Féilte link to main festivals and events page
Both instrumental music and song have a long tradition on the Dingle Peninsula. In recent times, with the increasing international interest in Irish traditional music, the area has become a mecca for traditional music lovers to the extent that many roving musicians have come to settle in the area and have blended their talents with those of the local native musicians. There are numerous opportunities through not only pubs but An Siopa Ceoil, St. James’ Church and Tinteán Ceoil for visitors to view traditional music and dancing in both formal and informal performances, or to attend classes. For updates on fortnightly music sessions, please see local publication West Kerry Live. Click here to learn more about the music and dance traditions of Corca Dhuibhne. (link)
Timeless traditions and enduring skills are part of the fabric of the Dingle Peninsula. Explore the Dingle Peninsula Arts & Crafts Trail to find numerous workshops, galleries and craft outlets where visitors can experience and buy locally made pottery, ceramics, crystal, jewellery, leather goods, sweaters, woven textiles, tapestries, linen, millinery, paintings, photography, and traditional Irish musical instruments, gifts, crafts and furniture.
Although there are not many museums on the peninsula, those that are here are of very high standard. The Blasket Island Interpretive Centre in Dún Chaoin explores all aspects of the literature, life and nature of these now uninhabited islands. Músaem Chorca Dhuibhne, in Baile an Fheirtéaraigh, has displays about the archaeology and history of the peninsula, with a special exhibition about life under the ocean, and in An Díseart, in Dingle, the six, two-light stained glass windows by renowned artist Harry Clarke are the jewel in an interesting art collection in that historic former convent building.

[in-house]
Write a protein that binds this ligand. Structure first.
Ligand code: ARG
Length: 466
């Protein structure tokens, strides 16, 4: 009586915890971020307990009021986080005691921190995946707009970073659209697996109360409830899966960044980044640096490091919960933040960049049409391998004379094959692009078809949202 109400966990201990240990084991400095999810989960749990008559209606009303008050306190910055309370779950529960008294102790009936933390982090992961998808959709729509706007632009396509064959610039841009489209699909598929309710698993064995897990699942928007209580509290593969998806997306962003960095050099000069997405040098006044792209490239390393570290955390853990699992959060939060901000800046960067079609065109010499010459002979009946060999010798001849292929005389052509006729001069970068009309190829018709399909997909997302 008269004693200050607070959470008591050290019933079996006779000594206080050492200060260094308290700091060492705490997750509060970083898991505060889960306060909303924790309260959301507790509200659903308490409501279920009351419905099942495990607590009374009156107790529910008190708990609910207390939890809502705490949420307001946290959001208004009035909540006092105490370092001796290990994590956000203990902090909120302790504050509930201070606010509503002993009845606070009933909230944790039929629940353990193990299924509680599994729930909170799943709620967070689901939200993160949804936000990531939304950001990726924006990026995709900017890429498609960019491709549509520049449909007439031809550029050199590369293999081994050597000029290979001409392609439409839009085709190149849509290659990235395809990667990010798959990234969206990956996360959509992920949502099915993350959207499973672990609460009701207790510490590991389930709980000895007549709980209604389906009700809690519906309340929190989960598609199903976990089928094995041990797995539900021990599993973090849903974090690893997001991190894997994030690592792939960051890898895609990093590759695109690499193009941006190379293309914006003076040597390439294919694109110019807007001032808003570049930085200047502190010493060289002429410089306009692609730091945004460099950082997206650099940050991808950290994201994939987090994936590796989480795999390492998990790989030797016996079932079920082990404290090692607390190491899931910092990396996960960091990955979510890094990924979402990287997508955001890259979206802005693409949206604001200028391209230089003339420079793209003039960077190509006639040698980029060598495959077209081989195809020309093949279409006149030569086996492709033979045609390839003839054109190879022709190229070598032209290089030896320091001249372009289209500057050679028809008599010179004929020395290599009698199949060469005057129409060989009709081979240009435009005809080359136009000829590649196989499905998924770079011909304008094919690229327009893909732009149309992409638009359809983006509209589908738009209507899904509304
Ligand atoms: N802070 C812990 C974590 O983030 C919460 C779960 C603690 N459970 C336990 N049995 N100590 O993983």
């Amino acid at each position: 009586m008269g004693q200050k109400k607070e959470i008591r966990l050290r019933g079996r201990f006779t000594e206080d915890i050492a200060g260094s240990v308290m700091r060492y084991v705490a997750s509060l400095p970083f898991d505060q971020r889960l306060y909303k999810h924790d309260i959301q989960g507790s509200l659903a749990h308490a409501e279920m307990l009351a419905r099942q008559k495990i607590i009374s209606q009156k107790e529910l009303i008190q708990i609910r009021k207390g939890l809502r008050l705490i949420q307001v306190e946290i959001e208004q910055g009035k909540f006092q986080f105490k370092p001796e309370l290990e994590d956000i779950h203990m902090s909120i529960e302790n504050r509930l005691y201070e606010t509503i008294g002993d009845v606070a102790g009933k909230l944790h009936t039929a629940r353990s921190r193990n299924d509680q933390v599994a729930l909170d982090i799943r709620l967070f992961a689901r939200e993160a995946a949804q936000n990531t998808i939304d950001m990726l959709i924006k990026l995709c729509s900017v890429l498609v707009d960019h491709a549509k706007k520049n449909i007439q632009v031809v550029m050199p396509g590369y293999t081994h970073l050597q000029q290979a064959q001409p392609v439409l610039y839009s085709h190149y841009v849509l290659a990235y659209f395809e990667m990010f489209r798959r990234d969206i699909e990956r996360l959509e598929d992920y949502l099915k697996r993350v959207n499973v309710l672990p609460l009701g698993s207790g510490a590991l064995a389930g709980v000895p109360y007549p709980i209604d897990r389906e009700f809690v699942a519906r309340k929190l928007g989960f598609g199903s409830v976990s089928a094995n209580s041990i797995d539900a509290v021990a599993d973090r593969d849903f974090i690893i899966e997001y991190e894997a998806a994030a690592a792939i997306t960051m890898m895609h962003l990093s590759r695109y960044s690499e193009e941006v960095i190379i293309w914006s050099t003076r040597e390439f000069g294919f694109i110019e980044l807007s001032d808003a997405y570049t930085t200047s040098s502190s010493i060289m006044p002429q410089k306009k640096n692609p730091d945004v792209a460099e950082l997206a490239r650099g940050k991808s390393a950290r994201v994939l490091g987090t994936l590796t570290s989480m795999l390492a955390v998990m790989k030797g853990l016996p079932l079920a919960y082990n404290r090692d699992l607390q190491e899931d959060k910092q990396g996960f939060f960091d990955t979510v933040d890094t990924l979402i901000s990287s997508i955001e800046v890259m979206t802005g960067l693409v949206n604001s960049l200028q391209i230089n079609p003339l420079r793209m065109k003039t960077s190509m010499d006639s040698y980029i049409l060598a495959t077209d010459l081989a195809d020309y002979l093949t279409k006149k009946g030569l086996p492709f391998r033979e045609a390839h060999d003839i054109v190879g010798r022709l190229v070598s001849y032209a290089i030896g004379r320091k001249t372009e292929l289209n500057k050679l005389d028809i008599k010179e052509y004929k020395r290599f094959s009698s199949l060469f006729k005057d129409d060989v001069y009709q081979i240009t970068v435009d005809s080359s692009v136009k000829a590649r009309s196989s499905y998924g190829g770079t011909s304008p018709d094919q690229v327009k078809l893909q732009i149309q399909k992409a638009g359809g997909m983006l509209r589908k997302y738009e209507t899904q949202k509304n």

There are many small artists’ workshops, galleries and studios around the Peninsula, as can be found in our Arts and Crafts Trail and many restaurants and pubs also display original artwork on their walls. Local societies run talks and events open to the public, and concerts take place from time to time in churches and other venues.
DINGLE PENINSULA TOURISM ALLIANCE – PROMOTING THE DINGLE PENINSULA TOGETHER
Do come and stay! We are very happy to help guide you to your idyllic holiday or short break on the Dingle Peninsula. Dingle Peninsula Tourism Alliance, a marketing co-operative owned and managed by its members across the peninsula, have produced this website to provide you, our visitors with the most up to date information you need to plan and enjoy your visit.
If you cannot find the information you need, or have a question you would like answered, please feel free to contact us.
+353 (0)66 915 2448
Comhaontas Turasóireachta Chorca DhuibhneAonad 4, Páirc Gnó na Coille, Daingean Uí Chúis, Contae Chiarraí, Éire